This article explores the history of HIV activism in Poland from the socialist period through the early 1990s transformation as a means of examining the reconfiguration of rights, obligations, and responsibility as Poland redefined itself as a market democracy. Drawing on archival materials, in-depth qualitative interviews with current and former HIV activists, and participant observation at HIV prevention organizations in Warsaw, Poland, I sketch the ways in which the socialist system's failures to protect the health of its subjects led to the terms through which state-citizen engagement was defined in the postsocialist period. Uncertainties and anxieties surrounding who was responsible for protecting the health and well-being of citizens in the newly democratic Poland gave rise to a series of violent protests centered on HIV prevention and care for people living with HIV/AIDS. Resolution of these political and social crises involved defining democracy in postsocialist Poland through claims to moral authority, in alliance with the Catholic Church, and an obligation by multiple stakeholders to disseminate technical/scientific knowledge. By comparing the responses to the epidemic by diverse institutions, including the government, the Catholic Church, and the fledgling gay rights movement, this analysis reveals the ways in which democracy in postsocialist Poland tightly links science, democratic reform, and moral/ religious authority while at the same time excluding sexual minorities from engaging in political activism centered on rights to health and inclusion in the new democracy.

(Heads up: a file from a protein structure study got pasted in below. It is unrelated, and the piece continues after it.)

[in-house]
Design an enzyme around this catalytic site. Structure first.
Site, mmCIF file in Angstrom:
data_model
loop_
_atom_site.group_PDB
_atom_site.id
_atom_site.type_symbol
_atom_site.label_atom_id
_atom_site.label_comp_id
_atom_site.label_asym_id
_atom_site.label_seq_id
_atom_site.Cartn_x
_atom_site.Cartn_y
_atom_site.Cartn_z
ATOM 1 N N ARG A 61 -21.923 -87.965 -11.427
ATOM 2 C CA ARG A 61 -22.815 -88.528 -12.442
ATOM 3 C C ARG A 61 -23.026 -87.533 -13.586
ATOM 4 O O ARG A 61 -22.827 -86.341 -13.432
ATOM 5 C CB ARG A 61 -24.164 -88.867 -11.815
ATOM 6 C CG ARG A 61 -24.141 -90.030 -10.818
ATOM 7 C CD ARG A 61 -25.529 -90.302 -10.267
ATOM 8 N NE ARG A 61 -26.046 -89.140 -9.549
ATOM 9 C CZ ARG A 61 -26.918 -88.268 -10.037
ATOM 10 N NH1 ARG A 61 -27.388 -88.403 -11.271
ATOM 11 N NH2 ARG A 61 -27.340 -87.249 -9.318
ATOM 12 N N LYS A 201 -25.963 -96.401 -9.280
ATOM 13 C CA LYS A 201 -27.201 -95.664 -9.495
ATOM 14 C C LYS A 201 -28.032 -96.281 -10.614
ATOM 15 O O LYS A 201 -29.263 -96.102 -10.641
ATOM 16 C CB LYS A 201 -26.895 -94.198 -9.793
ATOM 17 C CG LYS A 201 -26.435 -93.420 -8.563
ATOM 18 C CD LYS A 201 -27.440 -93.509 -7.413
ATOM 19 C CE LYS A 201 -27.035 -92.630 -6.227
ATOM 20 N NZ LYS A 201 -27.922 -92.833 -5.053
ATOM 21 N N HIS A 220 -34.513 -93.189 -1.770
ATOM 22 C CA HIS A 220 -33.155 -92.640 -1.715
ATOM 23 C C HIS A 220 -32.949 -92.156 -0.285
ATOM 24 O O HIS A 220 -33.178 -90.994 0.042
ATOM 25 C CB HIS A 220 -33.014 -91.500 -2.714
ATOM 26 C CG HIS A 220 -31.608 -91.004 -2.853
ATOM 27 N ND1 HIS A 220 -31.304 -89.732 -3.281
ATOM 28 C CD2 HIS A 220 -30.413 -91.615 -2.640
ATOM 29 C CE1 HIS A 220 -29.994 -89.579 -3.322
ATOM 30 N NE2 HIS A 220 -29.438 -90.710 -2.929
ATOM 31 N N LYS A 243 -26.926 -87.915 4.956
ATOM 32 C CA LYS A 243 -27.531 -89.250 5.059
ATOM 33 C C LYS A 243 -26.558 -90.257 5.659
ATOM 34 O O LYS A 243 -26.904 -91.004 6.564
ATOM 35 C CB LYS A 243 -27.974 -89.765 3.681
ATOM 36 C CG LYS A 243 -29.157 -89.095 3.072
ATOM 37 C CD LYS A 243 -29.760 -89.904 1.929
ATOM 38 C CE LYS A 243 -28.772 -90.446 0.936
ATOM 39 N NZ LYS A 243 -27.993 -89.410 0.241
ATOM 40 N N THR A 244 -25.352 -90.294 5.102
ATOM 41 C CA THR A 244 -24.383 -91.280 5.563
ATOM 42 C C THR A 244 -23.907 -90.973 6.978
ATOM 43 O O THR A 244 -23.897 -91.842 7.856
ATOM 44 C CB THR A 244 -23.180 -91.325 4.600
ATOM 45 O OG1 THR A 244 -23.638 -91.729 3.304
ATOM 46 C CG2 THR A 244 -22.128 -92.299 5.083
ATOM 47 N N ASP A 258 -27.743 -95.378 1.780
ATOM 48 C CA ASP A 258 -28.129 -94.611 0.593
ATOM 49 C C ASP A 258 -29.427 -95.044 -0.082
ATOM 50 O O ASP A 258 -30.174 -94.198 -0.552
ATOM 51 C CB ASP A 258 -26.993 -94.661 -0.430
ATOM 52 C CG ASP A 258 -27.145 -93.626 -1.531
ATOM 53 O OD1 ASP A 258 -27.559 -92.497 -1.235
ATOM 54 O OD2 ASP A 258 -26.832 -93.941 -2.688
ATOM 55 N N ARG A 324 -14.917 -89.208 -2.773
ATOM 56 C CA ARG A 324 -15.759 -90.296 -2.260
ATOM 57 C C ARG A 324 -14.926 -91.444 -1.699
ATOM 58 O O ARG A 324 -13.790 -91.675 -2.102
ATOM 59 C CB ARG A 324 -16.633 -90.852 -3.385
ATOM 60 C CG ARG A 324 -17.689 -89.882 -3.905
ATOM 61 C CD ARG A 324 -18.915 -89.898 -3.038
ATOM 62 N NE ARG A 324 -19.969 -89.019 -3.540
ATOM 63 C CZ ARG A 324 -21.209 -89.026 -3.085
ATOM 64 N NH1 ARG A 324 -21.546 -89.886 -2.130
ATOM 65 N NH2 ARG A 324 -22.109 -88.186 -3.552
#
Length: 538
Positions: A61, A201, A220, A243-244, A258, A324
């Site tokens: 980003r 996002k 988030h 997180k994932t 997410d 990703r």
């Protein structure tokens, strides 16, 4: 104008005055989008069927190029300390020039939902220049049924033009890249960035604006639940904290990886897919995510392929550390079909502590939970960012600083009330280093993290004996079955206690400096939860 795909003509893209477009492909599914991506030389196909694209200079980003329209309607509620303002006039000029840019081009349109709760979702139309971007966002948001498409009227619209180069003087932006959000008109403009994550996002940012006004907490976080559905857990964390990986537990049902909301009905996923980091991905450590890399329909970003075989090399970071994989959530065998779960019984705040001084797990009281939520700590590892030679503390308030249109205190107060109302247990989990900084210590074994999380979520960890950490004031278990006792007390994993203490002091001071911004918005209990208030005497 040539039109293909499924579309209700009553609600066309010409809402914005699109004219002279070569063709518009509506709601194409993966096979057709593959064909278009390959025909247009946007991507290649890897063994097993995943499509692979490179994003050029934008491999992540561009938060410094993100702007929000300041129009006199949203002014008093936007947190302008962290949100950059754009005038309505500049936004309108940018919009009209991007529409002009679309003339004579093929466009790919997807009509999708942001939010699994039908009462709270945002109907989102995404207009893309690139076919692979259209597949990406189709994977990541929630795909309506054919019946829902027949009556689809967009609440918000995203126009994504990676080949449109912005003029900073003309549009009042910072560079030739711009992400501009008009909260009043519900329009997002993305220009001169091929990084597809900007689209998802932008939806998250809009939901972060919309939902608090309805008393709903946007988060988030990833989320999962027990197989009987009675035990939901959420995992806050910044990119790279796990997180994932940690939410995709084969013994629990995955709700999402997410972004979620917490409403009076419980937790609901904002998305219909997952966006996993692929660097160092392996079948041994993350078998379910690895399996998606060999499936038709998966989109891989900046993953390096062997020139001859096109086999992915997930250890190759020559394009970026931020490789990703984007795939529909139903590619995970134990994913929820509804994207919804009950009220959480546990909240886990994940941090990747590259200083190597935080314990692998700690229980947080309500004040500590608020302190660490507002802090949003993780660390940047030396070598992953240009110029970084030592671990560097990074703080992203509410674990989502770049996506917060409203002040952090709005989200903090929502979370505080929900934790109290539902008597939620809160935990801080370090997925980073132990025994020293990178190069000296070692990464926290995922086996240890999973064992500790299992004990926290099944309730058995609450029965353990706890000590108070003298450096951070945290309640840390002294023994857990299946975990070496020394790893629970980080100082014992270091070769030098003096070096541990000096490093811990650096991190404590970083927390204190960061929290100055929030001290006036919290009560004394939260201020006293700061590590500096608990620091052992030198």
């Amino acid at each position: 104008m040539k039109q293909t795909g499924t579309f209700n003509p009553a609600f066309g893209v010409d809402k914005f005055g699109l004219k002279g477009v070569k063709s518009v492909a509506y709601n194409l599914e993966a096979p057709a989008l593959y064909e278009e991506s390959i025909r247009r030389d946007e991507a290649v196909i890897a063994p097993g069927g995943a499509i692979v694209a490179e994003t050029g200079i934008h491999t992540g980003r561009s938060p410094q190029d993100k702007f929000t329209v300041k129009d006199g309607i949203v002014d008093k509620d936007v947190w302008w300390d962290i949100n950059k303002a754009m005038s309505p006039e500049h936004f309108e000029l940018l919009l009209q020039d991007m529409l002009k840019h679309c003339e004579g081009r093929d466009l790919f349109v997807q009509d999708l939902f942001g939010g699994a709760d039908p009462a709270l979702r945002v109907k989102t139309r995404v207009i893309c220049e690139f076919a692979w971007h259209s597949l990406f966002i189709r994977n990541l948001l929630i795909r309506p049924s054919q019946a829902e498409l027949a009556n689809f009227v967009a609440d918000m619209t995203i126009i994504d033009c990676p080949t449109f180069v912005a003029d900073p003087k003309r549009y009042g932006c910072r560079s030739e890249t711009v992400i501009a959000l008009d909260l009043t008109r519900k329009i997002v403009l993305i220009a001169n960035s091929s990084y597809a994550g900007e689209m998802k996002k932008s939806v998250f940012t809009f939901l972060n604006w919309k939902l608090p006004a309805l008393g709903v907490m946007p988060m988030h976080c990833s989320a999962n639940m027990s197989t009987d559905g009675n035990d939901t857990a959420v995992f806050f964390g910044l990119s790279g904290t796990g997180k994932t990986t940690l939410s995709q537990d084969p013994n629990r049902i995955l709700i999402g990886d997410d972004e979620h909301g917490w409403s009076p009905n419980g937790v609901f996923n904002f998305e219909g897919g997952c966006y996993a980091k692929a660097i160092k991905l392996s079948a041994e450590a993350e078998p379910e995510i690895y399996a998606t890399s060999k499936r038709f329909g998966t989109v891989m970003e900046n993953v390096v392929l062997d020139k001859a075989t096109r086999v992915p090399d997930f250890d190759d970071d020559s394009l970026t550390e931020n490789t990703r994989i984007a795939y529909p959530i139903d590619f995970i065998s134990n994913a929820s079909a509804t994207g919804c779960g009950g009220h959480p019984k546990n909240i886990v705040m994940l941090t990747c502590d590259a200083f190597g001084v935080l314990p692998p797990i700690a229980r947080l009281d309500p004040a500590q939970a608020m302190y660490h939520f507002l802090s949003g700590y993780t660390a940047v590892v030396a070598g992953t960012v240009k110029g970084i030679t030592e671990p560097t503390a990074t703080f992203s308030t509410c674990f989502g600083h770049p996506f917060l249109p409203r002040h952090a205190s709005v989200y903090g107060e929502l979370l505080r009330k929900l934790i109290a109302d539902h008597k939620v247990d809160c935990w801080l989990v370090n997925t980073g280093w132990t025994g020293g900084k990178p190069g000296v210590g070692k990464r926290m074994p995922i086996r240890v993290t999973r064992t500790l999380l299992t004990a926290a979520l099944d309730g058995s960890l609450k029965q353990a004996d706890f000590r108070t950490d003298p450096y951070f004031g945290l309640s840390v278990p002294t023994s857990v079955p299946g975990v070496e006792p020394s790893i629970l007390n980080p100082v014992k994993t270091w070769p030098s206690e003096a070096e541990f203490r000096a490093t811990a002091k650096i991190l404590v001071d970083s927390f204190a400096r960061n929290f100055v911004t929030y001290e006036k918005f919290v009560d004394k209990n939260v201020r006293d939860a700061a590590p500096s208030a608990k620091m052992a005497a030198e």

ASJC Scopus subject areas
- Sociology and Political Science